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Ocean acidification could affect Pacific Cod development

by NOAA Fisheries 23 Feb 08:53 UTC
Pacific cod larvae photographed under a microscope. © NOAA Fisheries

Scientists released results of a study showing that larval Pacific cod response to elevated carbon dioxide (CO2) levels varies depending on its stage of development. In laboratory experiments, NOAA Fisheries scientists and partners specifically examined larval cod behavior, growth, and lipid composition (the fats needed for storing energy and building muscles). As excess CO2 from the atmosphere dissolves in the ocean, pH is lowered and the ocean increases in acidity, in a process called ocean acidification. Studies like this are important because most marine fish mortality occurs at the larval stage of development and the high-latitude oceans where Pacific cod and other important commercial fisheries occur are expected to be among the most vulnerable to ocean acidification.

"Changing environmental conditions can impact species in multiple ways and not all life stages may respond in the same way," said Tom Hurst, NOAA Fisheries scientist and lead author of a new paper in Marine Environmental Research. "We wanted to explore this because it has implications for the sustainability of Pacific cod and other important fish stocks in Alaska."

Hurst and a team of scientists from the Alaska Fisheries Science Center; and the College of Earth, Ocean, and Atmospheric Sciences and the Cooperative Institute for Marine Resources Studies at Oregon State University conducted two laboratory studies to evaluate larval fish sensitivity to elevated CO2.

Behavioral Study

In the ocean, light plays an important role in directing the movements of fish and enabling feeding. The behavioral study showed that when exposed to elevated levels of CO2 four- to five-week-old cod larvae moved more quickly to areas of higher light levels than those raised at CO2 levels currently present in Alaska seawater. While such changes in response to light have been seen in several other fishes exposed to high CO2, scientists are just starting to explore the consequences of these behavioral shifts.

Growth and Energy Study

In the second study, scientists looked at larval fish growth rates when exposed to elevated CO2 and fed two different diets, one of which was more lipid-rich (nutritious). Scientists measured fish at two weeks and five weeks old. Regardless of the diet, two-week-old larvae reared at elevated CO2 levels were smaller than larvae reared at current CO2 levels. Interestingly, by five weeks of age, the CO2-exposed fish seemed to have recovered from their slow start.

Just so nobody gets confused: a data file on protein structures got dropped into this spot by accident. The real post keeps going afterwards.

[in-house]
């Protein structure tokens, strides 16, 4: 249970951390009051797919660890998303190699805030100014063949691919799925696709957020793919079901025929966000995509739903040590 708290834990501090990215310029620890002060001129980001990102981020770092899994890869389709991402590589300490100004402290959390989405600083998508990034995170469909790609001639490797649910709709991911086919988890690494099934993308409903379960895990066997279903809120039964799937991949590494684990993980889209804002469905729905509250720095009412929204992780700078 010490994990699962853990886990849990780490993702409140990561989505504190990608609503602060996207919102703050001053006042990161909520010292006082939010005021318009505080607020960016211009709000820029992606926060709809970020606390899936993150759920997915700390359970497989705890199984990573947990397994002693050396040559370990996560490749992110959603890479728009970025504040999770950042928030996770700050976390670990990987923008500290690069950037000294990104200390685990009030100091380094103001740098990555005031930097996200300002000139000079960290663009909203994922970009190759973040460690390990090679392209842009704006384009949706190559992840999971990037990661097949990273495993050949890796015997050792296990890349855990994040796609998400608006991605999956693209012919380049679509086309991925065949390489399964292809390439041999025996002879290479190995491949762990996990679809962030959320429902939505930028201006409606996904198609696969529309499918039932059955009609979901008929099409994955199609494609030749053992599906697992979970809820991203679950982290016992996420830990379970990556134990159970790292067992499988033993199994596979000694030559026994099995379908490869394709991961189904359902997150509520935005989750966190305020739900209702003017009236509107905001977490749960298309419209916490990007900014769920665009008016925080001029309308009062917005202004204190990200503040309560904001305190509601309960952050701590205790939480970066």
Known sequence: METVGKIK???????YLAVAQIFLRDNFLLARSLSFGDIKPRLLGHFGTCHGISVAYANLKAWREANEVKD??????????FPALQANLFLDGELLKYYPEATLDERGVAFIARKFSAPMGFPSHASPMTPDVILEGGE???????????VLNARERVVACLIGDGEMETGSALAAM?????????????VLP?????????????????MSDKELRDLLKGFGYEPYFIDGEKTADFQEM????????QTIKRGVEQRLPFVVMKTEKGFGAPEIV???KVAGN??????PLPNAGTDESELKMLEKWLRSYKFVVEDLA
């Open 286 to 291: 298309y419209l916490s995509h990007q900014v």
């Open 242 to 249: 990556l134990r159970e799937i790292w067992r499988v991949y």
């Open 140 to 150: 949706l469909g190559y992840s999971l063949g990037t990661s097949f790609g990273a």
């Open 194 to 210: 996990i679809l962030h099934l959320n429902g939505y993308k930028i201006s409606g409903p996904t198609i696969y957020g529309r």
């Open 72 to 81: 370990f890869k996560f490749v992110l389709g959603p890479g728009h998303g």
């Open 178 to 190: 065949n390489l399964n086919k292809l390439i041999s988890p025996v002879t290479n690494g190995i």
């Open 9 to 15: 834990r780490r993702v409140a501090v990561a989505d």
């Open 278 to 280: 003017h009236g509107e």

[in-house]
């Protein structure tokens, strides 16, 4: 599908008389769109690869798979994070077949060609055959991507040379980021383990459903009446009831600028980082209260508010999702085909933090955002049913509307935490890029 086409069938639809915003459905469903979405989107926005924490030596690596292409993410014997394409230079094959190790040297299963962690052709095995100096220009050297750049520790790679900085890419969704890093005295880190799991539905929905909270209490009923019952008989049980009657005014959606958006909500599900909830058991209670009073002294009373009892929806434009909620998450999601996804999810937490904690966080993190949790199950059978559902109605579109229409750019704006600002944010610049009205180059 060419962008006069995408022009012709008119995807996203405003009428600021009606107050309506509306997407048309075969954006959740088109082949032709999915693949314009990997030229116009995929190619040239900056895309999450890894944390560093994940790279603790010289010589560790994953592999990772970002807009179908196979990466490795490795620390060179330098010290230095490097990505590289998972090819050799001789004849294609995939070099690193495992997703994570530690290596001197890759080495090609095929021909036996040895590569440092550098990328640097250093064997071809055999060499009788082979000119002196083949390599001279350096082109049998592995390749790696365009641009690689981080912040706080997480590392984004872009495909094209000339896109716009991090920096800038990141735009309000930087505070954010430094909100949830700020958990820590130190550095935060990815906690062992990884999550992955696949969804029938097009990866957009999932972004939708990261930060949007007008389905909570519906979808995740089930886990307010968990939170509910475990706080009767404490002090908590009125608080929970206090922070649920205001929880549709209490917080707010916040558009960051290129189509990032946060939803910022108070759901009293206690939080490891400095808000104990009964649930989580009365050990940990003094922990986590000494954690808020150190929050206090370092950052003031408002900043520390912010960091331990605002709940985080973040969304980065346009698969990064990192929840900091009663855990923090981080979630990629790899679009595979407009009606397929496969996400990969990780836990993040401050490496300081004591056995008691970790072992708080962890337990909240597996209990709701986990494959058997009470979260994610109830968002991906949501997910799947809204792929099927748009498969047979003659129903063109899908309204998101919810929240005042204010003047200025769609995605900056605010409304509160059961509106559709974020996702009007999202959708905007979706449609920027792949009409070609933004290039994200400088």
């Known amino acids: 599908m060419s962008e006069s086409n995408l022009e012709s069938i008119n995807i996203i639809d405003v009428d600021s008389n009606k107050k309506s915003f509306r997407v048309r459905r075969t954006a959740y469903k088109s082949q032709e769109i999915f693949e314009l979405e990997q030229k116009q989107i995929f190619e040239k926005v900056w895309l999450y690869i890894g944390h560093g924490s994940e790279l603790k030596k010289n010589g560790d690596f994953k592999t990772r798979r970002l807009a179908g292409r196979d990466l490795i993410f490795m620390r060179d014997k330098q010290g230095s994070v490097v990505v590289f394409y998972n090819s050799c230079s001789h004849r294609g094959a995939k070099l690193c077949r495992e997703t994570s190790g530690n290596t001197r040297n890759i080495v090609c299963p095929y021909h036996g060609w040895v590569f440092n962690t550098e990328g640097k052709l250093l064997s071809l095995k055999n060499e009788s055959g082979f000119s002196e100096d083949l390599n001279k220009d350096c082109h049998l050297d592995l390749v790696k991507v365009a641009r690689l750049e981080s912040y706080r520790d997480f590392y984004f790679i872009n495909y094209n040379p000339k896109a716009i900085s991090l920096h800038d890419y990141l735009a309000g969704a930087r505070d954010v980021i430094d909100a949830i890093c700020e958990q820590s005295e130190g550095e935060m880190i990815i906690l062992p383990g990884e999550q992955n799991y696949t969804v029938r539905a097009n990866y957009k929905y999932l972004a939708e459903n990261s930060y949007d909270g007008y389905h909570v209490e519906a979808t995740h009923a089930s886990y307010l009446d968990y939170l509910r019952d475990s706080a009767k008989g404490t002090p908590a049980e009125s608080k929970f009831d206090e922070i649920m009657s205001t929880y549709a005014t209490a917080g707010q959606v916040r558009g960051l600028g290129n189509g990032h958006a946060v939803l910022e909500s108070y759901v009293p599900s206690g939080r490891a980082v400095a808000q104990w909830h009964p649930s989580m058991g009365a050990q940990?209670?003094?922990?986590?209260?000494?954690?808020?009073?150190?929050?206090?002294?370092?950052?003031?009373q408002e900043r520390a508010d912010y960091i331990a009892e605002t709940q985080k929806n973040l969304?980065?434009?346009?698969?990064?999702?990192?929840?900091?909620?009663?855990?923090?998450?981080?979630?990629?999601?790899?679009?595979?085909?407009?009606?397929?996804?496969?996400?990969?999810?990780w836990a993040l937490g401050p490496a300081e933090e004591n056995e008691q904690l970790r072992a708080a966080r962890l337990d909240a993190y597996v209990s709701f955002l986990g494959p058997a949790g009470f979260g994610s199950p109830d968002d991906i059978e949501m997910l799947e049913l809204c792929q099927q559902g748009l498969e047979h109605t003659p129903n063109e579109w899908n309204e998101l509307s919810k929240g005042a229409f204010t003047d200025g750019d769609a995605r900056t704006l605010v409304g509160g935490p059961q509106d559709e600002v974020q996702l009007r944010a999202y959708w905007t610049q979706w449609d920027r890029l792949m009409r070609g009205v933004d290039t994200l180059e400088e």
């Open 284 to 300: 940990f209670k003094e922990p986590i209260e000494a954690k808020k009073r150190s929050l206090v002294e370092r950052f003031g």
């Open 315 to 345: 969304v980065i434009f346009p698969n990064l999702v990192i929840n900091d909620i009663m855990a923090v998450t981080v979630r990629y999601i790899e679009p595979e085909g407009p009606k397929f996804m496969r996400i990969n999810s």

According to Hurst, the observed differences in growth rates at two weeks vs. five weeks are most likely due to the changing physiology of larvae as they develop. However, it is possible that by the time they reach five weeks old cod larvae are able to acclimate to the effects of elevated CO2. The scientists also suggest that the fast growth of older larvae may be facilitated by behavior changes that stimulate more aggressive feeding.

Ongoing Ocean Acidification Research

This research is part of a larger effort by NOAA to understand the potential consequences of ocean acidification on Alaskan fisheries and the communities that rely on marine resources for nutrition and their economy.

Previous laboratory studies have examined walleye pollock, rock sole and crab species. "The lack of a consistent response among species to elevated CO2 levels continues to challenge our ability to draw large-scale conclusions about the ecosystem impacts of ongoing ocean acidification. But this research adds one more piece to the puzzle and to furthering that understanding," said Hurst.

Next Steps

Hurst plans to work with partners at Oregon State University to take what he has learned from these studies and other ongoing research to develop computer models to better predict how ocean acidification may affect Pacific cod and pollock larval survival, recruitment (growth to maturity) and adult fish populations in the Bering Sea over different time scales that is in 20 to 100 years from now.

Funding for this research was provided by NOAA's Ocean Acidification Program and NOAA's Living Marine Resources Cooperative Science Center.

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